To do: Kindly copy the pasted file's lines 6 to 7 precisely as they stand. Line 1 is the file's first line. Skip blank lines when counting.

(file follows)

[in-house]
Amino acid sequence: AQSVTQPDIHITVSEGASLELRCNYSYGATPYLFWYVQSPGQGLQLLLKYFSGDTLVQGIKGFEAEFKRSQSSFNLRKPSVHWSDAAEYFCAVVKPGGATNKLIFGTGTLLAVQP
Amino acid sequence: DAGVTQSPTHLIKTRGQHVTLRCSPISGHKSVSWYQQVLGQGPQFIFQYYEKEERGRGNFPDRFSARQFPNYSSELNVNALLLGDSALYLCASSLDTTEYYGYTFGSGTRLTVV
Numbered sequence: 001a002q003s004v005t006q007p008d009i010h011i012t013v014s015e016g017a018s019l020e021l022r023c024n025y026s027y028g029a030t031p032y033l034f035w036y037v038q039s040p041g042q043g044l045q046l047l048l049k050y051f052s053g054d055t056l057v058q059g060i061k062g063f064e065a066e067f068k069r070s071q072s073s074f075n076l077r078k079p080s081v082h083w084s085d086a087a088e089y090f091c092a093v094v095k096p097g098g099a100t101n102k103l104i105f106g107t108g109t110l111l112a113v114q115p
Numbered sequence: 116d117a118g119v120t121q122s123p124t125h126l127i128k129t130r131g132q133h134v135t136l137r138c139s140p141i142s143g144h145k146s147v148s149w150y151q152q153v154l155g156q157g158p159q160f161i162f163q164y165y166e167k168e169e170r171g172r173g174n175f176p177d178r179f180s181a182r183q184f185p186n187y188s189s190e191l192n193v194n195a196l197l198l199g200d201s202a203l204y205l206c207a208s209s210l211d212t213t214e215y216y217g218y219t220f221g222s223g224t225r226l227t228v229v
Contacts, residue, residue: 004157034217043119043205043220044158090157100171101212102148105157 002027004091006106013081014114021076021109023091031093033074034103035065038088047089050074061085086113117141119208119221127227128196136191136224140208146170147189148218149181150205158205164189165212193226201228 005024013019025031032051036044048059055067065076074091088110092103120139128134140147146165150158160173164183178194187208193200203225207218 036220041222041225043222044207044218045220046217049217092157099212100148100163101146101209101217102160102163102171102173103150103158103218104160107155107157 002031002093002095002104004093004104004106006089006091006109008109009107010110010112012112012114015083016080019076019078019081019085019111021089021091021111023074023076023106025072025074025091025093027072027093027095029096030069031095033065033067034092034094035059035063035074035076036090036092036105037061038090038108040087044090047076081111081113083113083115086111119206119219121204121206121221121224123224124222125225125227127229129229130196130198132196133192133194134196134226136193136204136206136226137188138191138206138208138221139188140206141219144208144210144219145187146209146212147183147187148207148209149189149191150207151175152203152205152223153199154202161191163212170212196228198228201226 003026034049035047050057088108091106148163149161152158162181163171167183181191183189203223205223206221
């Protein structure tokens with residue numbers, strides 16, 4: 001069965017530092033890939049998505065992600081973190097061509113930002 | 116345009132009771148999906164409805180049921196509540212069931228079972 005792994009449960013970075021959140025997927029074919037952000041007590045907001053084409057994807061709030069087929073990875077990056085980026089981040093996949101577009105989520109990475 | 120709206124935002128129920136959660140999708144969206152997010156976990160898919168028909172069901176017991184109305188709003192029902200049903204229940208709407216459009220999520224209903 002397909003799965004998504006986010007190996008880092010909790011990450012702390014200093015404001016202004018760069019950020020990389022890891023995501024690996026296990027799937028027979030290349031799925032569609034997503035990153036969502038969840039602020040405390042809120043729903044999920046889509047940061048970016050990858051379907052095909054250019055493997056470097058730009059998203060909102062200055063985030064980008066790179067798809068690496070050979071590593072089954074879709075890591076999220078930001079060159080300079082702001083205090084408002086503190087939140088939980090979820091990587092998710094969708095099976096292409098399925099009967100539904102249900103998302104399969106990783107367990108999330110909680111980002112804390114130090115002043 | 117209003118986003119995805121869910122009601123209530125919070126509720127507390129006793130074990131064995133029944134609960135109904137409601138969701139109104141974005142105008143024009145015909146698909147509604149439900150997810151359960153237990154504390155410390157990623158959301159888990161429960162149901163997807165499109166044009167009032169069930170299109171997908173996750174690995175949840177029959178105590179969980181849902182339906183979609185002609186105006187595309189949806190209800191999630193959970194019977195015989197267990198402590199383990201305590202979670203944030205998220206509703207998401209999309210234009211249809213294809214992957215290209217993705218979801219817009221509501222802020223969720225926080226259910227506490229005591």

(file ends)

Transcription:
Contacts, residue, residue: 004157034217043119043205043220044158090157100171101212102148105157 002027004091006106013081014114021076021109023091031093033074034103035065038088047089050074061085086113117141119208119221127227128196136191136224140208146170147189148218149181150205158205164189165212193226201228 005024013019025031032051036044048059055067065076074091088110092103120139128134140147146165150158160173164183178194187208193200203225207218 036220041222041225043222044207044218045220046217049217092157099212100148100163101146101209101217102160102163102171102173103150103158103218104160107155107157 002031002093002095002104004093004104004106006089006091006109008109009107010110010112012112012114015083016080019076019078019081019085019111021089021091021111023074023076023106025072025074025091025093027072027093027095029096030069031095033065033067034092034094035059035063035074035076036090036092036105037061038090038108040087044090047076081111081113083113083115086111119206119219121204121206121221121224123224124222125225125227127229129229130196130198132196133192133194134196134226136193136204136206136226137188138191138206138208138221139188140206141219144208144210144219145187146209146212147183147187148207148209149189149191150207151175152203152205152223153199154202161191163212170212196228198228201226 003026034049035047050057088108091106148163149161152158162181163171167183181191183189203223205223206221
């Protein structure tokens with residue numbers, strides 16, 4: 001069965017530092033890939049998505065992600081973190097061509113930002 | 116345009132009771148999906164409805180049921196509540212069931228079972 005792994009449960013970075021959140025997927029074919037952000041007590045907001053084409057994807061709030069087929073990875077990056085980026089981040093996949101577009105989520109990475 | 120709206124935002128129920136959660140999708144969206152997010156976990160898919168028909172069901176017991184109305188709003192029902200049903204229940208709407216459009220999520224209903 002397909003799965004998504006986010007190996008880092010909790011990450012702390014200093015404001016202004018760069019950020020990389022890891023995501024690996026296990027799937028027979030290349031799925032569609034997503035990153036969502038969840039602020040405390042809120043729903044999920046889509047940061048970016050990858051379907052095909054250019055493997056470097058730009059998203060909102062200055063985030064980008066790179067798809068690496070050979071590593072089954074879709075890591076999220078930001079060159080300079082702001083205090084408002086503190087939140088939980090979820091990587092998710094969708095099976096292409098399925099009967100539904102249900103998302104399969106990783107367990108999330110909680111980002112804390114130090115002043 | 117209003118986003119995805121869910122009601123209530125919070126509720127507390129006793130074990131064995133029944134609960135109904137409601138969701139109104141974005142105008143024009145015909146698909147509604149439900150997810151359960153237990154504390155410390157990623158959301159888990161429960162149901163997807165499109166044009167009032169069930170299109171997908173996750174690995175949840177029959178105590179969980181849902182339906183979609185002609186105006187595309189949806190209800191999630193959970194019977195015989197267990198402590199383990201305590202979670203944030205998220206509703207998401209999309210234009211249809213294809214992957215290209217993705218979801219817009221509501222802020223969720225926080226259910227506490229005591």